Professor Alun Howkins, professor of social history at Sussex University, discussed the origins of Morris Dancing. He said that, as with many folk customs, the origins are hidden in the mists of time and coloured by later perceptions, which may or may not have been correct.
It is possible that the word Morris is derived from the word ‘Moorish’ or ‘morisco’ (a derogatory term meaning ‘little Moors’). Certainly in the very late middle ages, Morris dancers were sometimes referred to as morisco dancers, but it is pretty certain that, whatever the origin of the word, there is no evidence that the dance came from the Moors or entered the country with the armies of John o’ Gaunt or anything of that sort. Neither is there proof of any connection between Moorish dancing and Morris dancing.
According to Professor Howkins, when people recorded these customs in the 1890s, they were obsessed with seeking out ancient beginnings. In the seventeenth century there had been suggestions of a connection with Moorish dancing and it was adopted as a convenient theory. It fitted in, for example, because some dancers blacked up their faces and attached bells to their legs, which was believed to be something to do with North Africa.
Similarly, there is no evidence that Morris dancing has any connection with pagan festivals.
This form of dance probably originated in the European courts of the fifteenth century and was further developed in the sixteenth century. The Tudors were keen on the Morris dance and it became associated with May Day revels.
To this end, there is also a fairly strong link with church ales.
In mediaeval and Renaissance England, the churches brewed and sold ales, including wassail. These ales were sold for many occasions, both seasonal and sacramental – there were christening ales, bride’s ales, clerk, wake and Whitsun ales – and were an important means of fund-raising for churches. The Whitsun ales were produced in May for semi-secular festivals and celebrations, usually at Whitsun, hence the name. Ale celebrations had been connected with the Church since monastic days when monasteries offered accommodation for pilgrims.
The fund-raising nature of these occasions puts them in line with village fetes, church fetes being a continuance of the church ale sales. The ales were suppressed by the Puritan authorities in the seventeenth century and, when some reappeared in the late seventeenth and early eighteenth centuries, they usually had associated dancing – Cotswold Morris dancing for instance.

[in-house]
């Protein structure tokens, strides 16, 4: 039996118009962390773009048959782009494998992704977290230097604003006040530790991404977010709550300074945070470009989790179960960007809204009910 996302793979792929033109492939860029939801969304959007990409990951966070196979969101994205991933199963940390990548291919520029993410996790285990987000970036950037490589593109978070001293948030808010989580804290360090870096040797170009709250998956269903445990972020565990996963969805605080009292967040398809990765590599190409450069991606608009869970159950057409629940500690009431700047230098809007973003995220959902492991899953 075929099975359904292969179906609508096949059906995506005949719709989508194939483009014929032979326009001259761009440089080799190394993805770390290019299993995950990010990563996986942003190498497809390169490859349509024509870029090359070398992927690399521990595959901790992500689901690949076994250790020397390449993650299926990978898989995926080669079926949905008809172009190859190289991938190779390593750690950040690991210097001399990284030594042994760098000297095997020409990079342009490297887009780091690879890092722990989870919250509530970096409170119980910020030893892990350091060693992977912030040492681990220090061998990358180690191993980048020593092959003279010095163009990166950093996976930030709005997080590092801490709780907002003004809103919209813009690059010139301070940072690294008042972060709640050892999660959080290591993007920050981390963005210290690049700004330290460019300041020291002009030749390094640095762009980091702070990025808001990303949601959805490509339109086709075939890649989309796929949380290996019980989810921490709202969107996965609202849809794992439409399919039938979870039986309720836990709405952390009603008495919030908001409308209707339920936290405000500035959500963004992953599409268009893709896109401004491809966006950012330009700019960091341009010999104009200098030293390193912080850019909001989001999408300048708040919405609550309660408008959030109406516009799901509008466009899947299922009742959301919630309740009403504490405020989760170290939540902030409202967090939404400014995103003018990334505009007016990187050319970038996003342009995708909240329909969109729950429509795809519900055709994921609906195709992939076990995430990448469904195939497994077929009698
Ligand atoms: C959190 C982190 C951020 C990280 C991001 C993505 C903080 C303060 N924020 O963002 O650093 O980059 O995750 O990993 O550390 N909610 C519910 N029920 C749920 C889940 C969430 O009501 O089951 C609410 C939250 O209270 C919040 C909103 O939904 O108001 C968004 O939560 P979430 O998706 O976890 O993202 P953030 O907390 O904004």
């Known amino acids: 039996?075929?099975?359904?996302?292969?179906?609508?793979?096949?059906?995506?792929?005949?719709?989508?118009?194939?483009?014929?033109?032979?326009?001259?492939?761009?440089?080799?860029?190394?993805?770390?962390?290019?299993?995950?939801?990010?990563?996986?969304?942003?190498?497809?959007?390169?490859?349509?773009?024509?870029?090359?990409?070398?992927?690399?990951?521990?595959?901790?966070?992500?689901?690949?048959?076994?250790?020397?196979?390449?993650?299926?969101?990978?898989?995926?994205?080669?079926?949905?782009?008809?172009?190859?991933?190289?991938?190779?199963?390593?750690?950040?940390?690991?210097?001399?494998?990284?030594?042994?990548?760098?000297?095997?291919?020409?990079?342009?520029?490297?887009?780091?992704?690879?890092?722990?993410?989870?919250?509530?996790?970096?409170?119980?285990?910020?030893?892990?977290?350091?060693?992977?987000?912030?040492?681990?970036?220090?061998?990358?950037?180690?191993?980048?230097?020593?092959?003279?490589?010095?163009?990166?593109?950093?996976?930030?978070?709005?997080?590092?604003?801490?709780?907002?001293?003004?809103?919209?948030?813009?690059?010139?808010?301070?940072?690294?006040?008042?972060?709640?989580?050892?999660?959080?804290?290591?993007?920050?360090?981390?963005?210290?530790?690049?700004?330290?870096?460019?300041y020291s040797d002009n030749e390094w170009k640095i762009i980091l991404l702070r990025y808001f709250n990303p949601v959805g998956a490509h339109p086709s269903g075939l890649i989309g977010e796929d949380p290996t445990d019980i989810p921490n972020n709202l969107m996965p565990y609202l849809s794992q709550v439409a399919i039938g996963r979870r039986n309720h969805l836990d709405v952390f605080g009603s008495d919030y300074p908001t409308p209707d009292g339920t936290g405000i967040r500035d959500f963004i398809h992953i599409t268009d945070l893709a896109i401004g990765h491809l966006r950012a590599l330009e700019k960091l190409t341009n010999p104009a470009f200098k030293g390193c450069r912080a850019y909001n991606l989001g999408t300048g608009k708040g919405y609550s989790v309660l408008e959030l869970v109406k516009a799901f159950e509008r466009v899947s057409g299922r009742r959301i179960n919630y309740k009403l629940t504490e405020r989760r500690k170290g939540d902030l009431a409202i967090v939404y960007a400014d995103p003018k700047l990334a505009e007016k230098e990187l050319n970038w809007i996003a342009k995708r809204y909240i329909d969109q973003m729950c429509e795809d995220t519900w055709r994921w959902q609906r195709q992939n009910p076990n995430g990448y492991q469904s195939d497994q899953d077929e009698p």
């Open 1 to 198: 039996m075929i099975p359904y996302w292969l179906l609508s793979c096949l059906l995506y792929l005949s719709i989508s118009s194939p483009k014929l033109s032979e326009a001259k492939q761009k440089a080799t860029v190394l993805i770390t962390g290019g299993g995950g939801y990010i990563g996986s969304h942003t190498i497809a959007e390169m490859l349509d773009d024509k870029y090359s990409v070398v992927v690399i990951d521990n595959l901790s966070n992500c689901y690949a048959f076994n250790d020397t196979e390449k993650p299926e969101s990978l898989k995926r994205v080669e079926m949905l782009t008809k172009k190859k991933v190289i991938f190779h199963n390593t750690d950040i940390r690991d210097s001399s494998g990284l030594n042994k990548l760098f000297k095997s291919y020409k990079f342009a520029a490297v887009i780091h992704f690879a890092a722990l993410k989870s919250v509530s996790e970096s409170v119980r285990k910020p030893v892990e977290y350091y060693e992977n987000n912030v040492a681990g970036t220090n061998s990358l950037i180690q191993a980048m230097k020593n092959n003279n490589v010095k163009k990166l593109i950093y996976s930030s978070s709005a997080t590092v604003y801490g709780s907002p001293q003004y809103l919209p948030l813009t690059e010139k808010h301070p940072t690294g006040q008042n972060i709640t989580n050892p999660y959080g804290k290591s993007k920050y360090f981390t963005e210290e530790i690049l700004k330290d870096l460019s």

Cotswold is the most common form of Morris. The men are dressed in white and adorned with ribbons, bells and hats with flowers in them, and dance with sticks and handkerchiefs. For various reasons, church ales and Whitsun ales survived quite late in the south-west Midlands. Most of the Cotswold Morris tradition comes from this region and many of the Cotswold Morris sides gave dances to Cecil Sharp (the early twentieth-century folk music collector and editor) in the early 1900s linked them to Whit ales or Whitsun celebrations.
The significance of the sticks and handkerchiefs is unknown. Most folk customs evolve, gaining and losing elements as they change over time. Sticks could suggest combat, which might have been one of the origins.
However, Morris was also danced by women from the late mediaeval period. That Cotswold Morris in the nineteenth century was danced only by men is probably more to do with Victorian attitudes than with the true traditions, which always involved women as well as men. Nevertheless, even nowadays, most Morris sides are either all-men or all-women – very few are mixed.
John Brock (editor), Morris Dance Tunes (English Folk Dance and Song Society, 1998)
Keith Chandler, Morris Dancing in the English South Midlands, 1660–1900 (Hisarlik Press, 1993)
John Forrest, The History of Morris Dancing 1483–1750 (James Clarke & Co. Ltd, 1999)
The Traditional Morris Dance Music Album (various artists)
(Music Club, 1998: ASIN B0000252HI)